Neuronal plasticity plays a very important role in brain adaptations to environmental stimuli, disease, and aging processes. The kainic acid model of temporal lobe epilepsy was used to study the long-term anatomical and biochemical changes in the hippocampus after seizures. Using Northern blot analysis, immunocytochemistry, and Western blot analysis, we have found a long-term elevation of the proconvulsive opioid peptide, enkephalin, in the rat hippocampus. We have also demonstrated that an activator protein-1 transcription factor, the 35-kDa fos-related antigen, can be induced and elevated for at least 1 year after kainate treatment. This study demonstrated that a single systemic injection of kainate produces almost permanent increases in the enkephalin and an activator protein-1 transcription factor, the 35-kDa fos-related antigen, in the rat hippocampus, and it is likely that these two events are closely associated with the molecular mechanisms of induction of long-lasting enhanced seizure susceptibility in the kainate- induced seizure model. The long-term expression of the proenkephalin mRNA and its peptides in the kainate-treated rat hippocampus also suggests an important role in the recurrent seizures of temporal lobe epilepsy.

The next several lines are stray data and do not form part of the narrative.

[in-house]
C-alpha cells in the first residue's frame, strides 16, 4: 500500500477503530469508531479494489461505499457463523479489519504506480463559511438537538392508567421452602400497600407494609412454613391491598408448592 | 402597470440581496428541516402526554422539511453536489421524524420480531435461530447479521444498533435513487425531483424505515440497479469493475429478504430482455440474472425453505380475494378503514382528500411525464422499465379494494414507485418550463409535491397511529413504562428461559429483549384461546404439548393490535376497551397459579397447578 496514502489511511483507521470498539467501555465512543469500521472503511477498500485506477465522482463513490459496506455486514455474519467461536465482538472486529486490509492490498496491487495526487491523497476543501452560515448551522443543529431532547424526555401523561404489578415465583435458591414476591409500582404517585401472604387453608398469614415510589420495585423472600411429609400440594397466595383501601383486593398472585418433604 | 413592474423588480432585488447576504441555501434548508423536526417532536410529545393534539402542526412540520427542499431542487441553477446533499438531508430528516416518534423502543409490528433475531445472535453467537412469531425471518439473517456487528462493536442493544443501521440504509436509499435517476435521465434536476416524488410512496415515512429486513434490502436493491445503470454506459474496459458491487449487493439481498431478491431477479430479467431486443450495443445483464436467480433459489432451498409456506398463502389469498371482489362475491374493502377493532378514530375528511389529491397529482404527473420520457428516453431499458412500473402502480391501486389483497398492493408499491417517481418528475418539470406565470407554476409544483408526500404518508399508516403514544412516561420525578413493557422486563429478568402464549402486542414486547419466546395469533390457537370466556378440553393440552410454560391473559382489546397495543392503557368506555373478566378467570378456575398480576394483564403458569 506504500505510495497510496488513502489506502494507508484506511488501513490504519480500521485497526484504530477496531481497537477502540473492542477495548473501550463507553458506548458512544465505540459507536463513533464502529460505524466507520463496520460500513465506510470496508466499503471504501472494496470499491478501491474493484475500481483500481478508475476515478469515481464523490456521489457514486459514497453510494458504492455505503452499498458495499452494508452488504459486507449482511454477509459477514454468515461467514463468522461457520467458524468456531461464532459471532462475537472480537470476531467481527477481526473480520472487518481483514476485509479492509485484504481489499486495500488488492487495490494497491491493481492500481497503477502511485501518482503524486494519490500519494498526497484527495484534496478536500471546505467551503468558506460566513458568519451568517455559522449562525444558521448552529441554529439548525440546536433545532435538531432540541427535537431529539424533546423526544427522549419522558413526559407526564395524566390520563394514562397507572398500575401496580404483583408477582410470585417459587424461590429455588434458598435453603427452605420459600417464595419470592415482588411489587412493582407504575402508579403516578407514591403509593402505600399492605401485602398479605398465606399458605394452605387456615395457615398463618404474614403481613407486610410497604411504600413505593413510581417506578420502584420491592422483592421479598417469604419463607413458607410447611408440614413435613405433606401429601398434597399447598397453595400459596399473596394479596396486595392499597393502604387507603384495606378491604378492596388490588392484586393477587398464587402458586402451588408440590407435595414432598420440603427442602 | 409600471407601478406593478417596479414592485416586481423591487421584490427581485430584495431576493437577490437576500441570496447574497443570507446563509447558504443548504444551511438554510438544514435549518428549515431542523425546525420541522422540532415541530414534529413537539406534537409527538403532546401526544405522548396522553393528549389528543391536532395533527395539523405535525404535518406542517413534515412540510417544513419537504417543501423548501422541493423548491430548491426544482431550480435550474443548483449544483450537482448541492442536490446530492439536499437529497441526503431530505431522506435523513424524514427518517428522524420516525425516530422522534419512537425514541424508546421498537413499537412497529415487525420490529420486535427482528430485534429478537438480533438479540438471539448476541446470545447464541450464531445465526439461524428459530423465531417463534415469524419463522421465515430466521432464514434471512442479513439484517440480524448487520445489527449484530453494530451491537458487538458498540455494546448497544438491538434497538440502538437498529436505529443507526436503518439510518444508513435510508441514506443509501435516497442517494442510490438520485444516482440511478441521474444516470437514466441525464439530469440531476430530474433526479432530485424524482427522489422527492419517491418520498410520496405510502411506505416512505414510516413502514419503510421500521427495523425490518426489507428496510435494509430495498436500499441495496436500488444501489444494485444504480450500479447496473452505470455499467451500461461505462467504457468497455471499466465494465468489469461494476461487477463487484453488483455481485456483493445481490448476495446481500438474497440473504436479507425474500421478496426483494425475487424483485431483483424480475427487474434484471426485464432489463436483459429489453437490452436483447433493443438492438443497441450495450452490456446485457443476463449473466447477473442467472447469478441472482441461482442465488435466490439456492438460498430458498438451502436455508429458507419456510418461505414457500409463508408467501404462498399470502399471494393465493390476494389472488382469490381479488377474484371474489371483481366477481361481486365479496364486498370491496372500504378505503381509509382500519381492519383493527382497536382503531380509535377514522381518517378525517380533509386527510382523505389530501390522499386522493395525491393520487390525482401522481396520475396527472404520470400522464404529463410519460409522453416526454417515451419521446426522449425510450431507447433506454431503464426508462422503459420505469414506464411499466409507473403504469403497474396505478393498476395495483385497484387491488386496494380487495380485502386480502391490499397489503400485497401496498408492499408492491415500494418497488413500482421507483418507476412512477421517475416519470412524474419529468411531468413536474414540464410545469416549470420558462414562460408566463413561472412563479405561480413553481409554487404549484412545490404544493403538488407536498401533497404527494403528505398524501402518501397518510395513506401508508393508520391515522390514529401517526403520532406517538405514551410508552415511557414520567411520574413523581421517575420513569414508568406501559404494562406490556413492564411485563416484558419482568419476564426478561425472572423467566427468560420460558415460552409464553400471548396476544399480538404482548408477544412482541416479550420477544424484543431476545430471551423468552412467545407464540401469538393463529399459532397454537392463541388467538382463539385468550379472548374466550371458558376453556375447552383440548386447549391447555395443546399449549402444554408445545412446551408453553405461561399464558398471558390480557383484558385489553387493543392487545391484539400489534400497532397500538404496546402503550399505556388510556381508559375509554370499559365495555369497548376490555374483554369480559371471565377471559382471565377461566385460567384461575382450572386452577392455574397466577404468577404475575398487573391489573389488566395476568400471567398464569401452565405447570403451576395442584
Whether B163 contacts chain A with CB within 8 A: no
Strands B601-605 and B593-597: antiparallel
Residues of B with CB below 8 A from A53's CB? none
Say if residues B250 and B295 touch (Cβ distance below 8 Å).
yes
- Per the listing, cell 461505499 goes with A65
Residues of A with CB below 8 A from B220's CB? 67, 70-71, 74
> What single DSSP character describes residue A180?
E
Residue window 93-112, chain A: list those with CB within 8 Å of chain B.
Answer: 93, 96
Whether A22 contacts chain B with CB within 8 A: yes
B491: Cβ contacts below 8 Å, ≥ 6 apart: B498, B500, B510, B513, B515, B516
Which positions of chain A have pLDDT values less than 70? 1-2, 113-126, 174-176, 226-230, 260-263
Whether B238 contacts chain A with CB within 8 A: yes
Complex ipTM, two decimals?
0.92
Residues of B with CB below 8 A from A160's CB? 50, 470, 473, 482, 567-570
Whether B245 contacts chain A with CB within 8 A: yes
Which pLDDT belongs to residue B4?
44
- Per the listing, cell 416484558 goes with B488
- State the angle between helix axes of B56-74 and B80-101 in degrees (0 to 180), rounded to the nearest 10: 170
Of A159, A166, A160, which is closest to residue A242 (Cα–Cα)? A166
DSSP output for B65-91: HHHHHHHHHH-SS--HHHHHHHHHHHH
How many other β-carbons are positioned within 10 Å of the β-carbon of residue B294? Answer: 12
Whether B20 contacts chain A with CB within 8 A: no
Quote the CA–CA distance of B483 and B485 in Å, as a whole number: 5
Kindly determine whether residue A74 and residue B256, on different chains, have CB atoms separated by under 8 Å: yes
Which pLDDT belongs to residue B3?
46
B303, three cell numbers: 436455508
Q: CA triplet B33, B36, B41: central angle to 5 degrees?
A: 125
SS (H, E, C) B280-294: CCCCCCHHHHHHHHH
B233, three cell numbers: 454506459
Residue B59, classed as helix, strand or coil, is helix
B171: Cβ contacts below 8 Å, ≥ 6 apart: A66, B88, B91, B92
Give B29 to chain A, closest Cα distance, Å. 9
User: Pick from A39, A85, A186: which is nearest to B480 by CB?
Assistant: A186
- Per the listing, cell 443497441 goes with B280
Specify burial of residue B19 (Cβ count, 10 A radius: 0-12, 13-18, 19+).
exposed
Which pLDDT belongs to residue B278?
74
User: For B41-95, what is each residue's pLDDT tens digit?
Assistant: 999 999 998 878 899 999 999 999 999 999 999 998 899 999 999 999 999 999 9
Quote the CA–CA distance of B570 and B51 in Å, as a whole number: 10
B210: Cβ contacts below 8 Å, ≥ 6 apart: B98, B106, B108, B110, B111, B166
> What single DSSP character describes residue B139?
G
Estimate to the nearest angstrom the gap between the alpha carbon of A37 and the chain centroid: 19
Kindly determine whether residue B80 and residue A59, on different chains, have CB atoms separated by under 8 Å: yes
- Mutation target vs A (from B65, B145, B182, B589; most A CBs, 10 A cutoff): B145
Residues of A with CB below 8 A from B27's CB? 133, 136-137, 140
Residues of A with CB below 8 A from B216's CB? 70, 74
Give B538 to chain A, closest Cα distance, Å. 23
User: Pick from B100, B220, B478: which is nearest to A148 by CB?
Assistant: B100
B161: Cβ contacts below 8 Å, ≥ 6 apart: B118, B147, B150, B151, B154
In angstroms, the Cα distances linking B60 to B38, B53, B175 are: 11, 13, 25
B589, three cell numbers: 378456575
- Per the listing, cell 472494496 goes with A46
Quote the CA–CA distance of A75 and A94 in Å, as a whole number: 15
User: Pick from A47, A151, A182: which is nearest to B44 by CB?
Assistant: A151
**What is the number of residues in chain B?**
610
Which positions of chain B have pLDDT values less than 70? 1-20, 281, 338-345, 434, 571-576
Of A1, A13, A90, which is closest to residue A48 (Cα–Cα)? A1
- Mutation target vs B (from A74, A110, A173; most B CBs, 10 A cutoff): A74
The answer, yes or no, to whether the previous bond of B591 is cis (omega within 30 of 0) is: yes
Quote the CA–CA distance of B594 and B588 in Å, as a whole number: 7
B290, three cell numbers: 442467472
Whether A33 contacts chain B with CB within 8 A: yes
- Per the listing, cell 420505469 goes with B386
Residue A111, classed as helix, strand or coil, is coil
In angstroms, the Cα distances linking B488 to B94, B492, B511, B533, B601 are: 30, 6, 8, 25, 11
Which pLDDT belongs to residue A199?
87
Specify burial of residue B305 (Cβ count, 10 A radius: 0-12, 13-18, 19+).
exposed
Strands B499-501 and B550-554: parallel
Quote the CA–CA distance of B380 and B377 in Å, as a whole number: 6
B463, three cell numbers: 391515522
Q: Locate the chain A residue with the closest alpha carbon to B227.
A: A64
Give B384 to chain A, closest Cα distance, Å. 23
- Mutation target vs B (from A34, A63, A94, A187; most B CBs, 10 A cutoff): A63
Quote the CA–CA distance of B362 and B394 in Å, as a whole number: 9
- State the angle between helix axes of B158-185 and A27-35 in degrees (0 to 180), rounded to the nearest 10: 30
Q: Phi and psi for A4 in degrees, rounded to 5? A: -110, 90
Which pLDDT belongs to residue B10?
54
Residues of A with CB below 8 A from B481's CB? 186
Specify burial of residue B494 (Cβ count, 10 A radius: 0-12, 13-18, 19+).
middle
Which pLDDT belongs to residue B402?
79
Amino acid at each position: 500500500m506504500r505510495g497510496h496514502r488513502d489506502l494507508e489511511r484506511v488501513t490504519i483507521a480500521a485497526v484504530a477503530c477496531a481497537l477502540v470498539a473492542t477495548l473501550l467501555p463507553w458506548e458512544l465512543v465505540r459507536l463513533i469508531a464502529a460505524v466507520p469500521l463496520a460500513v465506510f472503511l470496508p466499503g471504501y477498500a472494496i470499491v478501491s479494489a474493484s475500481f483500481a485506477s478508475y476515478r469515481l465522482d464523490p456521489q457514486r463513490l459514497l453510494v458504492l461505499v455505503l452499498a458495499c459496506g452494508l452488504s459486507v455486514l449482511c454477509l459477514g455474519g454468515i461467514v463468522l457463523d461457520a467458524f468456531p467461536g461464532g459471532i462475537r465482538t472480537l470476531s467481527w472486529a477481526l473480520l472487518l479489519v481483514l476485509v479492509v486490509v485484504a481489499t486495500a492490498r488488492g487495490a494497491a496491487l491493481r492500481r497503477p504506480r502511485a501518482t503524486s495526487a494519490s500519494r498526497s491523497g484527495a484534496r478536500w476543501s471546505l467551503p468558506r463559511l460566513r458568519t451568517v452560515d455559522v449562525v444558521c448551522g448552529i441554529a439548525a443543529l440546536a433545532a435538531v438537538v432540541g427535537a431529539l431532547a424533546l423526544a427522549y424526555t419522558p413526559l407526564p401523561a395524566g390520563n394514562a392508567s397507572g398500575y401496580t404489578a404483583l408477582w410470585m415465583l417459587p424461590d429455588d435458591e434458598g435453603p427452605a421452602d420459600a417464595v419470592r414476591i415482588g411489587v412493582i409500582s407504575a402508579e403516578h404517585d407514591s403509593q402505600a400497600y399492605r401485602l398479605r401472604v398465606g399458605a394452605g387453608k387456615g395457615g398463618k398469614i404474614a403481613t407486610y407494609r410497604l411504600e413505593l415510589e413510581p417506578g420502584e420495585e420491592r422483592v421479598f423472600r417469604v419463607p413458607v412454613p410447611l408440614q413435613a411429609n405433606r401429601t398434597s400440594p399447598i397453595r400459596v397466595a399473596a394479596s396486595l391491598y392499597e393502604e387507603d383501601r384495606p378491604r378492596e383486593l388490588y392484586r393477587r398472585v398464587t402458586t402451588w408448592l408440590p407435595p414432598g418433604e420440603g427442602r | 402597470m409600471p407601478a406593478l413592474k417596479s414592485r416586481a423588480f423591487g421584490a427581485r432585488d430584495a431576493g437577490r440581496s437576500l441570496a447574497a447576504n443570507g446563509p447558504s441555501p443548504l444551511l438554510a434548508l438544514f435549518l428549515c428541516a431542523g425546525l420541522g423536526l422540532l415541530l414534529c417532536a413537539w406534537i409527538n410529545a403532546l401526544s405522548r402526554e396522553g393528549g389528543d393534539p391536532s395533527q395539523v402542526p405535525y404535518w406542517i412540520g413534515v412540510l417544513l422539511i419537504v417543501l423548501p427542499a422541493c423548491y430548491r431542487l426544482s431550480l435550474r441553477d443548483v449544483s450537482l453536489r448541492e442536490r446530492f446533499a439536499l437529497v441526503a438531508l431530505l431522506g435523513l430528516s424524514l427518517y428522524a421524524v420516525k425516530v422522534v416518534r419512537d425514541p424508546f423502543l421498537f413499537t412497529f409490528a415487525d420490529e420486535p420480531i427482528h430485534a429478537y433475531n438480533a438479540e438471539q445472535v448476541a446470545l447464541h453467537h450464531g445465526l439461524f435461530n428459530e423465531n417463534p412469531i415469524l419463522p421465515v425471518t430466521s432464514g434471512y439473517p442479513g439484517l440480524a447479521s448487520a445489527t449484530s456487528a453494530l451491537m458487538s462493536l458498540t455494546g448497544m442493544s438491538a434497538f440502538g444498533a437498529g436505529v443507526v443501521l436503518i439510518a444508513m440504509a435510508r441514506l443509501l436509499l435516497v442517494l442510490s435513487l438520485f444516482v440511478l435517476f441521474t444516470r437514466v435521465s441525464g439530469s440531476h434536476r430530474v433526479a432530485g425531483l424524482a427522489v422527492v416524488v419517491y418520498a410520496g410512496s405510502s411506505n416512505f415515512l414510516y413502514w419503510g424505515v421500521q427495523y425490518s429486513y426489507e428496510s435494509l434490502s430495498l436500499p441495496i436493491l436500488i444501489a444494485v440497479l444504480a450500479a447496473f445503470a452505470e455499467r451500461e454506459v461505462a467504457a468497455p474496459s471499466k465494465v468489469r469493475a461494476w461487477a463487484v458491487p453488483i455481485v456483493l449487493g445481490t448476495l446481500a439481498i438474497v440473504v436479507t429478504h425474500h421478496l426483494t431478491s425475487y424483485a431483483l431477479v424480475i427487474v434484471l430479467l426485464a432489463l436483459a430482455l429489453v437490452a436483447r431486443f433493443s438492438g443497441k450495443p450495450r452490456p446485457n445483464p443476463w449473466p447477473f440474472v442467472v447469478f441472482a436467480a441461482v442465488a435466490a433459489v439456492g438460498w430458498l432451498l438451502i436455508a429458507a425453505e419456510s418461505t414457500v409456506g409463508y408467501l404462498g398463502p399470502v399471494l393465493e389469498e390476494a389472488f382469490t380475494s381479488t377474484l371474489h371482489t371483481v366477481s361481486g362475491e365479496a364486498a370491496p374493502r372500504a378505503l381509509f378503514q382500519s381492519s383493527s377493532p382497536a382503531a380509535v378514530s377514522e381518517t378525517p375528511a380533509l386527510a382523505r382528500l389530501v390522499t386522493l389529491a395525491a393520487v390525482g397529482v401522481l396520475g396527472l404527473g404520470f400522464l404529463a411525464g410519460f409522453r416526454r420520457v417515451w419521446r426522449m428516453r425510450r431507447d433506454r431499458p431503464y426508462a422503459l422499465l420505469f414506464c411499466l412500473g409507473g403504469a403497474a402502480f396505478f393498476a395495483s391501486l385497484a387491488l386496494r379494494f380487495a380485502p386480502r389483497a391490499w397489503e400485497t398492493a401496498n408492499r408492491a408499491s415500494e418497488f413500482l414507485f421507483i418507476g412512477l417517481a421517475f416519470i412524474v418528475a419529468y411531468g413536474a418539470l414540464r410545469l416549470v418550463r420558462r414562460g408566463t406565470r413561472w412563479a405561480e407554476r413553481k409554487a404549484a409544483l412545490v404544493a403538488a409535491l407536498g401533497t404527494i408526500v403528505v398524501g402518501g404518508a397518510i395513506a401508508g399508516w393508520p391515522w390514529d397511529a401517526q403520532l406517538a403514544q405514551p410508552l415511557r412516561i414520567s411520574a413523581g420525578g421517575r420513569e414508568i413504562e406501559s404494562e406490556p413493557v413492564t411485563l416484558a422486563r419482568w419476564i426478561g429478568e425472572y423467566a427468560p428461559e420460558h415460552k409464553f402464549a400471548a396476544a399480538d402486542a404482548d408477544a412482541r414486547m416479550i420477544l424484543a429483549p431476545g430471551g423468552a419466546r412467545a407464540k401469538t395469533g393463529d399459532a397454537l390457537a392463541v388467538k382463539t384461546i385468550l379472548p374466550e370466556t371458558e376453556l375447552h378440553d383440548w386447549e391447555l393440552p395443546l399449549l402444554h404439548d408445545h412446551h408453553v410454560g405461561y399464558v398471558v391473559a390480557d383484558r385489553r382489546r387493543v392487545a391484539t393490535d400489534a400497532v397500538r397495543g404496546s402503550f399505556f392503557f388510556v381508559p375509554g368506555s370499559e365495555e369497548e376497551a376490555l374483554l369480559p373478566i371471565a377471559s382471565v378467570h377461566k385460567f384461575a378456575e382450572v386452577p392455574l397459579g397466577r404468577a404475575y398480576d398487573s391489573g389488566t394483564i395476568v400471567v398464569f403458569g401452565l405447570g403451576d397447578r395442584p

|Number of pages||6|
|Journal||Proceedings of the National Academy of Sciences of the United States of America|
|State||Published - Aug 19 1997|
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